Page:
Although induction furnaces are inherently energy-efficient compared to other technologies, they account for the majority of closed-die forging energy cost. Therefore, forge operators want to ensure that their plants are making the best use of that energy. In practical terms, the following questions often arise:

•   What definition of energy efficiency applies to the specific production framework?

•   How and at what point is energy consumption measured?

•   What influence does the product range and throughput have on energy consumption, and what opportunities does an optimum production strategy offer?


    An induction-related energy audit takes into account the overall production situation, identifying the optimum machine setup and providing information on the best production sequence – from an energy point of view – for the various material dimensions. Data generated by the installed energy meter(s) are the basis for this evaluation. The induction-related energy audit also examines the induction furnace design and the components that have a lasting influence on energy consumption.



Work on the efficiency of induction heating has resulted in a system called iZone (see sidebar). In the next and final installment of this article we will examine the systematic efficiencies of the induction heating of forging billets and bars. Additionally, the results of an induction audit will be considered.

Co-author Dirk M. Schibisch is vice president of sales for SMS Elotherm GmbH, Germany. He can be contacted at Co-author Loïc de Vathaire heads the service spare-parts department for SMS Elotherm, Germany. He may be reached at This article was adapted for publication in FORGE by George Burnet, SMS Elotherm North America. He may be reached at or 724-591-0252.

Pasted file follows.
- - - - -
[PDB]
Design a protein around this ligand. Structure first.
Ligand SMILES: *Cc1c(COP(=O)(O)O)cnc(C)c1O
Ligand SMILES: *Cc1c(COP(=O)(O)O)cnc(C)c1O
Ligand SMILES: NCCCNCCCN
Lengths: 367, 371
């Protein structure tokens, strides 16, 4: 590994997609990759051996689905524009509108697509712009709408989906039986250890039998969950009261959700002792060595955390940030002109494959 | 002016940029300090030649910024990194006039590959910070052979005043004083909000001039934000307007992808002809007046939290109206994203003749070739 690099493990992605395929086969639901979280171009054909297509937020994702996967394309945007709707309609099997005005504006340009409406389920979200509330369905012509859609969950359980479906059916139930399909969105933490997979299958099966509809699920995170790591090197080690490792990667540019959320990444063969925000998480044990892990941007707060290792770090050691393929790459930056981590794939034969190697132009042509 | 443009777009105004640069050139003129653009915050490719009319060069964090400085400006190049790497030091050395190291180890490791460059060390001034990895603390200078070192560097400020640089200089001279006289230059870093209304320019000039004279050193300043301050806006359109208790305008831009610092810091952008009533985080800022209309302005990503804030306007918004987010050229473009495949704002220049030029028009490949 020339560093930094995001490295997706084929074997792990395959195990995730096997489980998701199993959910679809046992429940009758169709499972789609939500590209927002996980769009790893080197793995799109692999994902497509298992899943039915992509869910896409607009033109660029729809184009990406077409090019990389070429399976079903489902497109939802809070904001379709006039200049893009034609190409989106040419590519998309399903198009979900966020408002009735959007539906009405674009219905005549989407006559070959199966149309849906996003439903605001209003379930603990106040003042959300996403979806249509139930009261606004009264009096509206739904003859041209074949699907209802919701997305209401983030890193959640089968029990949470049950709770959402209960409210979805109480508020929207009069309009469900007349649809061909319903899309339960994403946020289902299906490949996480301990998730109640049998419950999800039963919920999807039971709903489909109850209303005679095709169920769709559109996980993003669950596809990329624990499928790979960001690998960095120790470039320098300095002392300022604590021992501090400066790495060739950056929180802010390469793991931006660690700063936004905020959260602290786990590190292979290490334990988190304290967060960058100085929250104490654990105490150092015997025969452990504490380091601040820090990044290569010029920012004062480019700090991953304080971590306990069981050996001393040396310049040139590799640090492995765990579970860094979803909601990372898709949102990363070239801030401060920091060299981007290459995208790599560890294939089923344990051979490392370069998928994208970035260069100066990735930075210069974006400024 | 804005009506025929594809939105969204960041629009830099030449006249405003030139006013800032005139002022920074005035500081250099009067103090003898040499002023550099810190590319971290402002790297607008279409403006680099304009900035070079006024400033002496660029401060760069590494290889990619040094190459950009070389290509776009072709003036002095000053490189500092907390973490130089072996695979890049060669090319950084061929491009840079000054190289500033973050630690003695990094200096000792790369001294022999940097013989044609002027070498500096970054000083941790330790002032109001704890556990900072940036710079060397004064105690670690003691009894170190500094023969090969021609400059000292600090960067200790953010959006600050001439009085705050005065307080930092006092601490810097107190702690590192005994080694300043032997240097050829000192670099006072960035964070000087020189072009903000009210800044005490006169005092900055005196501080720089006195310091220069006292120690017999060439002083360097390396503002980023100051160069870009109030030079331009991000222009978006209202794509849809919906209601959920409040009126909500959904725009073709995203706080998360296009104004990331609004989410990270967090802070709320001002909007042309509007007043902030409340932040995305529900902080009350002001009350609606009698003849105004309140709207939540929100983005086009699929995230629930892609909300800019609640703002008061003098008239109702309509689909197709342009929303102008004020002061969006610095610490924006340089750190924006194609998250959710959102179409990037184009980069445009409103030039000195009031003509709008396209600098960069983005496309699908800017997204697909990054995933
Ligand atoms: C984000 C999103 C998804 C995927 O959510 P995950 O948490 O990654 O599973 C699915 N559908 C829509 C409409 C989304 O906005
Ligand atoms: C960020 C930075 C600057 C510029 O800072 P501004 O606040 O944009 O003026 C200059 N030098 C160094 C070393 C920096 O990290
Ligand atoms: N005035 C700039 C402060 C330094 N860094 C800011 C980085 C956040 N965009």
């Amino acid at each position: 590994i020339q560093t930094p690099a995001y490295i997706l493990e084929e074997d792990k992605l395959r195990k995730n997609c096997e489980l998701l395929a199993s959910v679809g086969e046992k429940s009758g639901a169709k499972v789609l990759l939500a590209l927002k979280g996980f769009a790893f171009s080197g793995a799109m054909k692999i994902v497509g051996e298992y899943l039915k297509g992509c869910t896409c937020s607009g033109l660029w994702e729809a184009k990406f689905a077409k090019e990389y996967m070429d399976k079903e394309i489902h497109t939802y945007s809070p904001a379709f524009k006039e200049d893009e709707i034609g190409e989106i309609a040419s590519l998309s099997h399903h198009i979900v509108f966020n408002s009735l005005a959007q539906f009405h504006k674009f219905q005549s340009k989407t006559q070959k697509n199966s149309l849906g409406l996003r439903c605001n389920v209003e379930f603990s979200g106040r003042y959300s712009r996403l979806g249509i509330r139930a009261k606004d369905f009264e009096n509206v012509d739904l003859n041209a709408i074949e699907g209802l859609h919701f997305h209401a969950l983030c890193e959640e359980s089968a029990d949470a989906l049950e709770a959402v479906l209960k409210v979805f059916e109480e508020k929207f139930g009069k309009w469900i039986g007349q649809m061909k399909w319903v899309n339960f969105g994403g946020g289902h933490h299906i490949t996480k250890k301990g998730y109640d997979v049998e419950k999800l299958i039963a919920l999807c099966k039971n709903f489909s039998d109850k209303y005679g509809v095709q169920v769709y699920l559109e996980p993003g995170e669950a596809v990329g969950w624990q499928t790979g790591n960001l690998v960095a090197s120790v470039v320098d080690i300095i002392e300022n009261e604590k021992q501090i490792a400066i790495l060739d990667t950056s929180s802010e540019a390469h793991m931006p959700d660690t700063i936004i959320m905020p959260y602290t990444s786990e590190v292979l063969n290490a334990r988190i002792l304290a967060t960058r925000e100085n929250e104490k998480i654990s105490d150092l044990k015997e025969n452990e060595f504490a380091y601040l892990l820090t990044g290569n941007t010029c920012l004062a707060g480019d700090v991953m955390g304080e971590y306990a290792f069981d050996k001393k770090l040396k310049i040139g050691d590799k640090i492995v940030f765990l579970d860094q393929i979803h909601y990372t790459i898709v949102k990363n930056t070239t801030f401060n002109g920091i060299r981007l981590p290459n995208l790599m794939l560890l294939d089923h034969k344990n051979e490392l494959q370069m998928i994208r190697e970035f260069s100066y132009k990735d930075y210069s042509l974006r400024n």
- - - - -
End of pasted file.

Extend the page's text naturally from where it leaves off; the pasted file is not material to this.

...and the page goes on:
iZone – Intelligent Zone Control of Forge Heating Plants

The overall concept of this system is based on zone heating control, which SMS Elotherm calls iZone. It was developed for the process control of modern induction heating plants. An integrated computer system controls the continuous heating process. Heating coils can be controlled individually, resulting in lower energy consumption rates, consistent with ISO 50001 requirements for energy savings.

    The database-supported expert system automatically calculates the parameters required for the heating process to improve energy efficiency and reduce scale formation. The resulting process parameters are then transferred directly into the plant system.

    The graphics function integrated into iZone safeguards the process. Using the heating curves individually generated by the operator, the system automatically calculates the process parameters and transfers these directly into the machine control system. Optimized production can then be started straight away at the push of a button.

    Another advantage is the running of bars with residual heat. Until now, one had to wait until the bars cooled down to room temperature before they could be reheated to the forging temperature. iZone technology allows warm charging (i.e. the reheating of partially heated bars). For this, the warm bars are automatically transferred back to the induction heating system and the amount of energy required for through-heating is calculated and applied, saving time and energy while reducing scale formation.

    SMS Elotherm uses this control system in both billet and bar heating plants and in large-scale quench-and-temper lines for heat treating long products and tubular products.